China's inflation cools in Feb, paving way for easing
China's consumer price growth slowed to 3.2 percent in February amid economic slowdown, setting the stage for policymakers to unveil more pro-growth policies in the next few months.
The rise in the Consumer Price Index last month was below an annual inflation target of 4 percent announced by Premier Wen Jiabao this week. It compared with 4.5 percent in January, according to the National Bureau of Statistics.
Although data in the last two months may have been distorted by the timing of the Spring Festival holiday, which fell in January this year but in February of 2011, analysts believe that the downward trend is clear.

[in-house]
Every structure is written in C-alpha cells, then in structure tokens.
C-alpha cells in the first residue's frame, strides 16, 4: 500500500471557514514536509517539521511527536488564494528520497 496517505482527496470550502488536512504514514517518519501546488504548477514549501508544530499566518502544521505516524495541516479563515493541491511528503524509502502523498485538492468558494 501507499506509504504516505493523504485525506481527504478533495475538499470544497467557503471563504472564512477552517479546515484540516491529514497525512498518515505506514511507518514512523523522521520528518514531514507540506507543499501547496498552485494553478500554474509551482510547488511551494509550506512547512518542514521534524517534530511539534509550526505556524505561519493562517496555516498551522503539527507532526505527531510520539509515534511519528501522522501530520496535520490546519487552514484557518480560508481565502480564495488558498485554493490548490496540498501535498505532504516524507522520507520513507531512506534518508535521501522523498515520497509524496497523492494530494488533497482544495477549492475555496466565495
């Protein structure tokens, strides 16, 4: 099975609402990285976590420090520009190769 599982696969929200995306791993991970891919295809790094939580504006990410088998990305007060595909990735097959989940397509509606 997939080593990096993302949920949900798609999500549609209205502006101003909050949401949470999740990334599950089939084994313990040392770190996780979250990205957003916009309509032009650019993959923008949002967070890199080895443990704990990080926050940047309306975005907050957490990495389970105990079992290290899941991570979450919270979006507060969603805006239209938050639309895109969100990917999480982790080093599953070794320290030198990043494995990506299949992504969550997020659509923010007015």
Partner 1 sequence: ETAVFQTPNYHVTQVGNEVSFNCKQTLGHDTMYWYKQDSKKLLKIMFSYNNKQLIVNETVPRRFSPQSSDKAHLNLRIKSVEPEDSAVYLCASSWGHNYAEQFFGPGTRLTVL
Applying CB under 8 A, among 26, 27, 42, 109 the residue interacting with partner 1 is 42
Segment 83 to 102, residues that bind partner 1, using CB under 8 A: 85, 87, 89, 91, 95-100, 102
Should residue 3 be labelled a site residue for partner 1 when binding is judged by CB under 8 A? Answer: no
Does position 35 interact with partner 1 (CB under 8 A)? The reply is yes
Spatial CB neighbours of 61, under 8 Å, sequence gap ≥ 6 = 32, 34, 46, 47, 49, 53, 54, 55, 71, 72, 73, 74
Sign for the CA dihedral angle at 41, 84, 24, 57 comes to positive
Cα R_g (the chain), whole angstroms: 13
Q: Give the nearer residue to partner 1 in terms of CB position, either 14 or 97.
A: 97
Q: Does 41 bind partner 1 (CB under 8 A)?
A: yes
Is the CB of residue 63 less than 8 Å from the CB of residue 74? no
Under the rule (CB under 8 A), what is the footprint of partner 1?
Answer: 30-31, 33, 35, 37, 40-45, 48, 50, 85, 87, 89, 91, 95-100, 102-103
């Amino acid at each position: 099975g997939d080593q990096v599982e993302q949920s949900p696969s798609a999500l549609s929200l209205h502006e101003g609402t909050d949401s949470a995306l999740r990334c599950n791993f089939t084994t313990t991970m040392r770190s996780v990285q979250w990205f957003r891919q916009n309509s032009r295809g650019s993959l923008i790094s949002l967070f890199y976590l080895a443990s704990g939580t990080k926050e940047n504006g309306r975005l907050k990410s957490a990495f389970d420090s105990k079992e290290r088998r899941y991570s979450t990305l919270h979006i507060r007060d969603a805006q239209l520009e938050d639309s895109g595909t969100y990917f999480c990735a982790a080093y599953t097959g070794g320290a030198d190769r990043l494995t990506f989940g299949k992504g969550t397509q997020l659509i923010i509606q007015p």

"Apparently, inflation is cooling," said Liu Yu, an Orient Securities Co trader. "We will see a wider range of selective loosening in the near future, such as tax cuts and credit offered to smaller firms as well as reductions in banks' reserve requirement."
The Producer Price Index, which tracks factory-gate inflation, was unchanged in February from a year earlier, the top statistics bureau said. The indicator rose 0.7 percent year on year in January.
Premier Wen said in his work report that the 4-percent inflation target has taken into account risks from imported inflation and increasing costs of land, labor and capital. He noted that when setting the goal, the government has already left room to alter the way prices of resources including electricity and oil are set.
Controlling "excessive rises" in food prices will remain a priority this year, Wen said. The government will take measures to boost production and reduce transport and distribution costs, he said.